Tag Archives: Four Lions

A Week In Film #527: Strong

Bankier Van Het Verzet AKA The Resistance Banker title screenBankier Van Het Verzet AKA The Resistance Banker
Excellent wartime drama about the Dutch resistance and its meticulously-organised financial underwriting operation run by loose cannon banker Wally van Hall (fine, twinkly-eyed performance by Barry Atsma). Tense, interesting stuff from Joram Lürsen.

Zulu title screenZulu
THOUSANDS OF ‘EM!

Four Lions title screenFour Lions
Haven’t seen it since first watching it, and boy is it powerful – stupid, silly, nonsensical, gut-wrenching, angry, confused… Chris Morris’ (Armstrong/Bain-assisted) suicide bomber comedy spews up a rainbow of different feelings. Top cast – Riz Ahmed, Preeya Kalidas, Kayvan Novak, Nigel Lindsay, Arsher Ali and Adeel Akhtar, plus great little turns and cameos from the likes of Craig Parkinson, Julia Davis, Kevin Eldon, Darren Boyd and, um, Benedict Cumberbatch.

The Infiltrator
Interesting subject (US Customs officer goes deep undercover to infiltrate Pablo Escobar’s organisation), less than interesting treatment. Strong cast (Bryan Cranston, John Leguizamo, Diane Kruger, Benjamin Bratt), and the direction by Brad Furman is hardly amateurish. Just doesn’t gel.

Threads title screenThreads
FUCKING. HELL. Not the original documentary-style nuclear armageddon horror-drama (that’d be Peter Watkins’ long-banned The War Game), but definitely the best. The most powerful. The most affecting. Written by Barry Kes Hines, directed by Mick The Ascent Of Man.

A Week In Film #101: FFS

An American Werewolf In London
I could watch this over and over, but it was the first time the LLF had seen John Landis’ classic horror-comedy. She stayed till the end, which is pretty good for her.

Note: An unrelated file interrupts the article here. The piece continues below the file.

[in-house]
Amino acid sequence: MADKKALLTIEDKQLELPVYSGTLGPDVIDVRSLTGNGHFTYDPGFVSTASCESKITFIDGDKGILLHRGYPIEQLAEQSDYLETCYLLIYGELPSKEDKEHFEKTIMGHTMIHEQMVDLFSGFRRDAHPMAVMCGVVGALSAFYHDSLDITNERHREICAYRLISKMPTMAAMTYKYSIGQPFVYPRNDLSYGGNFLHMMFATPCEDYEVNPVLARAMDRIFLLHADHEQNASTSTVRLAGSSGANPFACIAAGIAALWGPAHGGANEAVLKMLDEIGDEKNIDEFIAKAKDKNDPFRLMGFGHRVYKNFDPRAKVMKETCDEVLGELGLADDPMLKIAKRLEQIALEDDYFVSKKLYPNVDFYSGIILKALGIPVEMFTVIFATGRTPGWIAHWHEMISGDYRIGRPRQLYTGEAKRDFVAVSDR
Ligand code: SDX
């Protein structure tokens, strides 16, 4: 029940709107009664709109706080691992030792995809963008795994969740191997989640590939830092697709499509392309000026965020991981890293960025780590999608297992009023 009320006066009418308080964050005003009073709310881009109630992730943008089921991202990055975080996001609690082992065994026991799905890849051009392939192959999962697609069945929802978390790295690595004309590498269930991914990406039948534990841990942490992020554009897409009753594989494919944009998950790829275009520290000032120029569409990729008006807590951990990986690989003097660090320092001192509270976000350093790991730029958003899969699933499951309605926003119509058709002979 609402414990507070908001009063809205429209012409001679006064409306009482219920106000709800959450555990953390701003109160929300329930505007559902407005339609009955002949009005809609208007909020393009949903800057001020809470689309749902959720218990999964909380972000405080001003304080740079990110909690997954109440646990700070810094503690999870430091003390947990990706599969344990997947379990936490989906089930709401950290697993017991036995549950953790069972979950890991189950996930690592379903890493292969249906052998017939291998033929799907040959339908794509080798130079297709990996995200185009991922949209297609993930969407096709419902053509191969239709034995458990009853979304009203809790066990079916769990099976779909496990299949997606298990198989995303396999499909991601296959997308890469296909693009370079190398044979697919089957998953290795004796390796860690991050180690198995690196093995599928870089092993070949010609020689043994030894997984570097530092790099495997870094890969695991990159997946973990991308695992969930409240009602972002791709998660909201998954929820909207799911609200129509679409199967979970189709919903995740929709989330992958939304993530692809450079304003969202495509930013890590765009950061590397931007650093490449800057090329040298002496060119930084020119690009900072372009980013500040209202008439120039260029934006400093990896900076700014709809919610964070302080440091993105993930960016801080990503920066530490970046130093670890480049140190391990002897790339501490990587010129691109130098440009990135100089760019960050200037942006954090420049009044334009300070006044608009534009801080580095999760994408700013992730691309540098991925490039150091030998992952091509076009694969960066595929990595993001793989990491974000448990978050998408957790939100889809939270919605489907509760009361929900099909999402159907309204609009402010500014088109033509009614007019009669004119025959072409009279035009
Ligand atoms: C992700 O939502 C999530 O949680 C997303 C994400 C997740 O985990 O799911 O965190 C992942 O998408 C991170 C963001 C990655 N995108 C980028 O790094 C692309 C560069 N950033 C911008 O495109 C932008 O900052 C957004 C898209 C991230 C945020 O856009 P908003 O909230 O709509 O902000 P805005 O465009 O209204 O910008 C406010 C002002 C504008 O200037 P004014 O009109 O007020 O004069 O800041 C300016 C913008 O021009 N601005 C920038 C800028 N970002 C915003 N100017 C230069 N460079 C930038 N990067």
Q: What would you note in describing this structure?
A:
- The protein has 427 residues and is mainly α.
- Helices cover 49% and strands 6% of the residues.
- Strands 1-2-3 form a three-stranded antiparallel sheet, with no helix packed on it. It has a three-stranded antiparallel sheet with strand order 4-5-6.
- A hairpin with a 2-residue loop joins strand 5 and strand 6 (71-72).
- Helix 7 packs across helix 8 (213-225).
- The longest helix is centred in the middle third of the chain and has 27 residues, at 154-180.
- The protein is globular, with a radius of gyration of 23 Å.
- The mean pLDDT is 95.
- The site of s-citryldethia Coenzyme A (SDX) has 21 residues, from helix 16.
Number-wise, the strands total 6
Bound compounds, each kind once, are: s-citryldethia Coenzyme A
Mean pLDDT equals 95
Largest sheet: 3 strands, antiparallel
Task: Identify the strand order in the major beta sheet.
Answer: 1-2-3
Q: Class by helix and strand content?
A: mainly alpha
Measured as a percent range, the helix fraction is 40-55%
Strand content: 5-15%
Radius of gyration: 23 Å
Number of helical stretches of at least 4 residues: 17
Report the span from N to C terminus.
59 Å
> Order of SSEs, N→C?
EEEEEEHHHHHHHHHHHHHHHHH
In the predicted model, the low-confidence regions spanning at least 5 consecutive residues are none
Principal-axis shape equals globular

The Village
Probably my favourite M Night Shyamalan film. Some very good performances. I think the twist obsession (both of the director and the director’s critics) undermines what is a pretty taut mystery picture. Beautifully photographed, with excellent sound design.

A Room For Romeo Brass
Shane Meadows’ first stone cold classic, with some incredibly powerful scenes (Morell and the boy who talked to Ladine; Morell and Ladine; Morell and Joe Brass; that ending) and knockout performances from (to name but two) Frank Harper and Paddy Considine. Vicky McClure definitely hints at how good an actress she will become.

16 Blocks
Malformed Richard Donner cop flick, with booze-soaked, past it old hand Bruce Willis given the job of delivering a prisoner (Mos Def) whom a bunch of renegade police want dead.

Premise-wise no complaints, and a good core cast (David Morse always gives great value), it’s just it has no pace, quickly gets bogged down, and just lurches from one all-too-static set piece to the next, giving the feeling of an expensive audition piece.

Four Lions
Chris Morris’ jihad comedy, sublime.

15 Minutes
John Herzfeld (2 Days In The Valley) fumbles the ball here – something approaching a satire on the nature of the news media, played out through some cops and robbers action, with seasoned, media-savvy cop Robert De Niro teaming up with grumpy fire investigator Edward Burns to get on the trail of a pair of murderous East Europeans. But it loses the momentum halfway through and never really recovers.

Karel Roden (Blade II, The Bourne Supremacy, Running Scared) and Oleg Taktarov (44 Minutes: The North Hollywood Shoot-Out, Bad Boys II) are good fun as the scary Tartars though.

Guy X
Buffalo Soldiers meets MASH!’ claimed the cover. Well, we know that the cover always lies. A rather dull tale about a soldier (Jason Biggs) deposited by mistake at a US military base on Greenland in 1979. Hilarity ensues. No! NO! Hilarity DOES NOT ensue.

Corrupt aka Copkiller
Bizarre Italian film about corrupt New York cops (including Harvey Keitel) targeted by a police-hating nutter (John Lydon).

Yes, John Lydon. Johnny motherfucking Rotten. Killing cops in NYC.

Not great, but solidly built, and worth catching for curiosity’s sake at the very least.